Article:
Pat gazed at Eric, tears trickling down her cheeks. “I lost Edward,” she whimpered.

Jaws clenched, Eric nodded, glancing at Joshua in concern. “I saw,” was his only comment. He helped his sister into the surrey, climbed in after her, and the family departed for home.

Edward’s intellect scrambled as the grief took over, leading him to his heart’s focus. As this wave of anguish receded, he found himself on the block where his brother was jailed.

Guilty! The verdict reverberated in his mind, drowning out all other sounds. The law-abiding citizen he had been bowed to the dark place in his soul, realizing his plan was Ethan’s only chance.

He stood still for a moment, dropped his head back, and stared up into the sky. He closed his eyes in torment, hands fisted at his sides; then his grief exploded in a despairing cry. “No-o-o-o-o-o-o.” Bit by bit, Edward’s senses returned to the world teaming around him. Bent double at his waist, he clutched his head in his hands. Wiping the tears from his face, he decided to act. Enough time had been wasted on the circus act they called a trial. Lumbering down the alley, he examined the jail from the rear, and pivoted on his heels, observing all the buildings in the vicinity. Spying one that appeared empty, he stepped over to it and peered through the spaces between the boards covering the broken windows. Other than refuse, the building was vacant. Edward unflinchingly made his plans and vowed to implement them.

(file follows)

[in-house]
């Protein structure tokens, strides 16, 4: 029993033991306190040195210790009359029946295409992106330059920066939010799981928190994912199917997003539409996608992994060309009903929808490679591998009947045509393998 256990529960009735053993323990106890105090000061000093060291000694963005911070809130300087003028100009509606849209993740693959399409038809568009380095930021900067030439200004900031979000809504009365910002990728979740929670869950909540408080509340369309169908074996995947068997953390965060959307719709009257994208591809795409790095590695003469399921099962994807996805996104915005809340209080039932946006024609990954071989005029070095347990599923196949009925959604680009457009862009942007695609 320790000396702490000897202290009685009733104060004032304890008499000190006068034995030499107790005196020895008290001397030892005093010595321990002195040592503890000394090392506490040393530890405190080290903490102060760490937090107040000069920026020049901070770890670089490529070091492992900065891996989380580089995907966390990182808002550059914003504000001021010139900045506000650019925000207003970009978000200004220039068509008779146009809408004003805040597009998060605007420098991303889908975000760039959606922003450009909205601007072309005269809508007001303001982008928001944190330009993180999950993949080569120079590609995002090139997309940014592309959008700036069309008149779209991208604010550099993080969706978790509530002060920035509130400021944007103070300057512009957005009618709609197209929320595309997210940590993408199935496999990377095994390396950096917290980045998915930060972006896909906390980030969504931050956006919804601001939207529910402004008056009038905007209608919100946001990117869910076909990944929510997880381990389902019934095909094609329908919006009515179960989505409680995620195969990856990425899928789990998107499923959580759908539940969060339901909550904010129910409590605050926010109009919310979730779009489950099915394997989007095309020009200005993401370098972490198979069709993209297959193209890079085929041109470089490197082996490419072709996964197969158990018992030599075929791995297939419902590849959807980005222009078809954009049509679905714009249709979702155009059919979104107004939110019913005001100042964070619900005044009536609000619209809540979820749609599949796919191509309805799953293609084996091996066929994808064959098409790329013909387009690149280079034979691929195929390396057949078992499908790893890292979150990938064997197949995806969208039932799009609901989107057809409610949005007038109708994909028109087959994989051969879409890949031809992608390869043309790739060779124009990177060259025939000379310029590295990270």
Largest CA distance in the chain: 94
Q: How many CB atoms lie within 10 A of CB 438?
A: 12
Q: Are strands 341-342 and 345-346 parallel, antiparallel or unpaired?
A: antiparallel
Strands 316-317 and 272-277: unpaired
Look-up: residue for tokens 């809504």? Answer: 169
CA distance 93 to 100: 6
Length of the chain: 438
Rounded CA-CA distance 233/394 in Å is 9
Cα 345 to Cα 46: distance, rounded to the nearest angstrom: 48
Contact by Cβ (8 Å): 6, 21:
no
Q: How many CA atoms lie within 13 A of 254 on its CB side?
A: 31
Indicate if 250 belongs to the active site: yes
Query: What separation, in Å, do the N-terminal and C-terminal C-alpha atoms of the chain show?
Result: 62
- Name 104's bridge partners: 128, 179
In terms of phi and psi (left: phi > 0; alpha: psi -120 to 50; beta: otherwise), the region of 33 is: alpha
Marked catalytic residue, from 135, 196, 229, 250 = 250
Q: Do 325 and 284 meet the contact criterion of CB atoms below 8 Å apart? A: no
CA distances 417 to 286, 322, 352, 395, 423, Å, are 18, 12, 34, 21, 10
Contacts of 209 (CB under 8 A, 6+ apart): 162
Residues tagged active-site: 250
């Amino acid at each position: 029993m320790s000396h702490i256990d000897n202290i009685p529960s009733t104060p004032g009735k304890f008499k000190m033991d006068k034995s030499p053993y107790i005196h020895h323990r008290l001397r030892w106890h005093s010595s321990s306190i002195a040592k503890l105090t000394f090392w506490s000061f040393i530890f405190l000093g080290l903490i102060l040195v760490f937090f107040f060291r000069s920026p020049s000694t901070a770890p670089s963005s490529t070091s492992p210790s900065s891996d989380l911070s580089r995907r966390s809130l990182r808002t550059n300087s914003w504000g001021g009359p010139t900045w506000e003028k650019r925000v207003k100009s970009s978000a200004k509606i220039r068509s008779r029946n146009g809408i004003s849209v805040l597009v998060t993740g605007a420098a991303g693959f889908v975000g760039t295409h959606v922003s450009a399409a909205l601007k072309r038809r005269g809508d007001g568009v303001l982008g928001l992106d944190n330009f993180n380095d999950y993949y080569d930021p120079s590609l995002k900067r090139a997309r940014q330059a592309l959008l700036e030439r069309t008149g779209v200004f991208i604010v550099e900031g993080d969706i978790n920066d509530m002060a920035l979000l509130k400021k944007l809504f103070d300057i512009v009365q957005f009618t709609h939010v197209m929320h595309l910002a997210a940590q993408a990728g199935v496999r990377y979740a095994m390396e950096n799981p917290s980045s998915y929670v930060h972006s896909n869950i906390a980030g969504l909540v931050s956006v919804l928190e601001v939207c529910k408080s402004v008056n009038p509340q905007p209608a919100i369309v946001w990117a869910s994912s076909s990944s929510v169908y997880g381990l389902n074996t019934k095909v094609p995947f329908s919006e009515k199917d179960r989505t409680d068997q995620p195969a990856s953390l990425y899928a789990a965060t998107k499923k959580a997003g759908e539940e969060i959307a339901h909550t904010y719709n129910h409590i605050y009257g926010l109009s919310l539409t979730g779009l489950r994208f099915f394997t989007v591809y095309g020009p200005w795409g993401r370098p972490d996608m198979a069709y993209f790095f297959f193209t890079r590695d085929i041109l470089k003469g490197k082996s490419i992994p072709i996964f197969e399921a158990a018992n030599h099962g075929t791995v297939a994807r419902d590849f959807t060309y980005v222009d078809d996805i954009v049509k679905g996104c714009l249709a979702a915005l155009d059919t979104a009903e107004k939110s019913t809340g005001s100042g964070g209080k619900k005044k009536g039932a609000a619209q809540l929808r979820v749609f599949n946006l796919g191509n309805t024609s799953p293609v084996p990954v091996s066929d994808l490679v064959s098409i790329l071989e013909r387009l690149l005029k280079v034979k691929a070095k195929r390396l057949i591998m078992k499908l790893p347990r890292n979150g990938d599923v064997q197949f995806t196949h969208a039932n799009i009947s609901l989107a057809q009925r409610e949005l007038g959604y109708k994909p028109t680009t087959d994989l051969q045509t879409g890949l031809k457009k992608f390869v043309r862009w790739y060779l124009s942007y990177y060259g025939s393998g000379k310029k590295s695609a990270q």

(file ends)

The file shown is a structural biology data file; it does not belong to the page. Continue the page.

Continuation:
Edward made his inflexible way home, watching for anything that could cause failure in his march toward his goal. He refused to dwell on the consequences should anything go wrong. He would leave nothing to chance. Trusting in the newly installed fire alarm system for the City of Boston, he hoped it really worked the way the newspaper had said it would.

Hours later, Edward went into Ethan’s room and gathered an extra pair of pants, two shirts, clean underwear and socks, hair brush and comb, and rain gear, wrapping it all up in the blanket from Ethan’s bed. He remade the bed so no one would notice what he’d done. He peeked into the hallway and noted absolute absence of activity. Then he sneaked down the back stairs and out to the stable behind the house, where he took down some saddlebags and stuffed all but the blanket and rain gear into one of the bags. The rain gear he rolled up in the blanket, and hid it and the bag behind the bin containing the animals’ oats. He went to his horse, and put his arms around Blaze’s neck. He leaned against it, praying for the strength to do what he had to do. After a long while, he re-turned to the kitchen.

The cook took one look at him, threw her apron over her head, and ran sobbing out of the room. Her two helpers turned, looked at Edward, and followed on her heels, wailing. Edward entered the pantry, gathered as much food as he could carry, two pewter plates and cups, two sets of knife, fork, and spoon, and a small pan. Wrapping everything in some towels, he returned to the stable, packed it into another saddlebag, and hid that one with the other. He next found a couple of canteens, filled them with water, and put them with the saddlebags.